Few things can be as terrifying for a pet owner as witnessing a dog seizure. Often, everything is normal one minute, and the next minute your beloved pet is on the floor, shaking uncontrollably. It is a helpless feeling, and one that brings in hundreds of owners to the veterinary clinic annually.
New hope may exist for owners looking to control a dog seizure, however, as research expands out of the realm of traditional pharmaceuticals and into a more natural alternative: CBD, or cannabidiol, a compound derived from hemp and marijuana plants.
In early summer of 2019, research from the University of Colorado revealed promising data on the use of CBD in dogs suffering from epilepsy. According to the report, 89 percent of dogs who received CBD in the clinical trial had a reduction in the frequency of seizures.
“We saw a correlation between how high the levels of CBD oil were in these dogs with how great the seizure reduction was,” Dr. Stephanie McGrath, lead researcher on the study, said in a press release. “It’s really exciting that perhaps we can start looking at CBD in the future as an alternative to existing anticonvulsive drugs.”
While the findings are promising in a field where little data is available, the authors caution their test pool was relatively small, and that more extensive studies are needed in order to support the findings for CBD as a means to stop a dog seizure.
McGrath and her team focused on a group of 26-client owned dogs with a history of epileptic seizures. Those dogs were then split into two groups, one which received CBD from hemp in addition to their current medications, and a group receiving placebos in addition to their current medications.
The inclusion of CBD into the therapy program with common prescription medications significantly increased serum alkaline phosphate activity in the canine test subjects. Alkaline phosphate, a type of protein commonly used to assess bone and liver health, has been linked to seizure activity in other medical conditions.
No adverse behavioral changes were noted by owners during the course of the 12-week CBD study.
While there are many other causes of a dog seizure, epilepsy is the most common neurological disorder seen in dogs, affecting as much as 5.7 percent of the canine population. Dogs with epilepsy experience recurrent, unprovoked seizures, the cause of which often, but not always, stems from an abnormality of the brain. Most canines in need of treatment are prescribed Phenobarbital and potassium bromide as standard anticonvulsant medications.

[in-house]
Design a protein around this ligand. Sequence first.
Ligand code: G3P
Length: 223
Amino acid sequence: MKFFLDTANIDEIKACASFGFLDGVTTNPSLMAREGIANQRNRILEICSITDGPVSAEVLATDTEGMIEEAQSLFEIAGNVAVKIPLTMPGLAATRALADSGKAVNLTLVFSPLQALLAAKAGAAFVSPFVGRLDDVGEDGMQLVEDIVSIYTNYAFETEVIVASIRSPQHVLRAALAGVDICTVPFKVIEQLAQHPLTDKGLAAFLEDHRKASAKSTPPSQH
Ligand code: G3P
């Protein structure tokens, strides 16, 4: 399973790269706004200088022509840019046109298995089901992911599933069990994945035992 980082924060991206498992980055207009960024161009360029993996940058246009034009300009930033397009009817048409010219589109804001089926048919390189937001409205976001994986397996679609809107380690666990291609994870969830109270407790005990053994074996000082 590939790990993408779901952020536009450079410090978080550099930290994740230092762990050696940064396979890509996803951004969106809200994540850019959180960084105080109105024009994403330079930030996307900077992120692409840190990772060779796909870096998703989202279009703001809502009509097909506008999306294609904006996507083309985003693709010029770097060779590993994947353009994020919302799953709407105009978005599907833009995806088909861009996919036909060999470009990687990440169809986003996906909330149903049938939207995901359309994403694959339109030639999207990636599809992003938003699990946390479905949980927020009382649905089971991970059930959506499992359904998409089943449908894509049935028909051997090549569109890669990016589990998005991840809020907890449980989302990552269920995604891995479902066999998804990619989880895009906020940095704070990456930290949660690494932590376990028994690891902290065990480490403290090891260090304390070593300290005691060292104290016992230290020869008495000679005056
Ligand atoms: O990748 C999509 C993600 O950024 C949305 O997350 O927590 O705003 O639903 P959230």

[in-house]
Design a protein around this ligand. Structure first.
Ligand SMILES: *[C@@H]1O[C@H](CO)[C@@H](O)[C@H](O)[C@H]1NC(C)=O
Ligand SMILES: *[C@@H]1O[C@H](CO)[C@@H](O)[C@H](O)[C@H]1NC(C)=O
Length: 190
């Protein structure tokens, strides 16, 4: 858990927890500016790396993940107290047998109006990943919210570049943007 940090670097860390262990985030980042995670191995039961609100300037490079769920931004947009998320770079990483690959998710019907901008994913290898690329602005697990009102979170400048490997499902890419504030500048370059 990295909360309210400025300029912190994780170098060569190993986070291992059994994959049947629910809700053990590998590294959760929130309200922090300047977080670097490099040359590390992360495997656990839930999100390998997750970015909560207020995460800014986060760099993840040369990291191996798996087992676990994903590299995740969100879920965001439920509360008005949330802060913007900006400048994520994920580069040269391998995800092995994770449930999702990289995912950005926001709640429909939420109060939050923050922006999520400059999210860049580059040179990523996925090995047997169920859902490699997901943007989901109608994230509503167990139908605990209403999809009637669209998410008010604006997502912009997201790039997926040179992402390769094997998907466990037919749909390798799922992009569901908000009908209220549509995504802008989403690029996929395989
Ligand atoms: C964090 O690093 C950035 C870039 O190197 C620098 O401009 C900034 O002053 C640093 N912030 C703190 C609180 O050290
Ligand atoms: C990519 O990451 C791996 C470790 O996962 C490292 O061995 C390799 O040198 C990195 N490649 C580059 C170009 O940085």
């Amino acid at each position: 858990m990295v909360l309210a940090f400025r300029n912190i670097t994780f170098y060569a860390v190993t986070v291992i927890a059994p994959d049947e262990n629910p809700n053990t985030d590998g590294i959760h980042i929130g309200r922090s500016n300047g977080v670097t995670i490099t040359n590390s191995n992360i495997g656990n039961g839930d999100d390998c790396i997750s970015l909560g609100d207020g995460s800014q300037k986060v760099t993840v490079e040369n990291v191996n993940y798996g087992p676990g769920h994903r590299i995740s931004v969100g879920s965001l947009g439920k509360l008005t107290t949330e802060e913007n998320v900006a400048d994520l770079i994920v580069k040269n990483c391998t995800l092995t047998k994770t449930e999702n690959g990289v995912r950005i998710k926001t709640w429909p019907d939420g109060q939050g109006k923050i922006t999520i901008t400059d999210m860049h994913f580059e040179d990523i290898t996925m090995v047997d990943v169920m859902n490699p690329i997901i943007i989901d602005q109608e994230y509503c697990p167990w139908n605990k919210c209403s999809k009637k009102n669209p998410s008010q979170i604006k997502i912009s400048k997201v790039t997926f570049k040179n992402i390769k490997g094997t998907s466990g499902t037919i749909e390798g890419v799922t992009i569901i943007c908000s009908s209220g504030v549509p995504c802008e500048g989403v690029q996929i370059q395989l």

What is a dog seizure, exactly?
Modern media has given epilepsy a bad name, poking fun at the condition in people, showing video after video of seizures triggered by flashing lights. The truth is that “epilepsy” refers to a variety of seizure experiences, some of which don’t have any identifiable triggers.
In dogs, seizures and their causes are less understood compared to those in the human world, and experts are working toward better clarity on the medical conditions and causes surrounding a dog seizure.
According to the American Kennel Club Canine Health Foundation, two broad classifications of seizures exist, based on where they originate in the brain: generalized and focal.
Generalized Seizures: Involve both sides of the brain during onset and cause symptoms on both sides of the body. Owners typically witness involuntarily muscle spasms, salivation, and sudden incontinence. During a generalized dog seizure the pet will appear to lose awareness of its surroundings.
Focal Seizures: Involve a specific area of the brain is during onset and only a single side, or specific part, of the body is affected. During a focal seizure, motor functions can be impacted, causing abnormal twitching and movement, but behavioral changes can be seen as well. Pets that are not usually fearful may become so, and similar to generalized seizures, some autonomic functions may be impacted, causing salivation, vomiting, and pupil dilatation. During a focal dog seizure, awareness may or may not be impacted, and focal seizures can sometimes spread to both sides of the brain to become generalized seizures.
Epileptic dog seizure
Epilepsy in dogs exists as both focal and generalized seizures; however, epilepsy itself has several subtypes, including: idiopathic epilepsy, structural epilepsy, and epilepsy of unknown cause.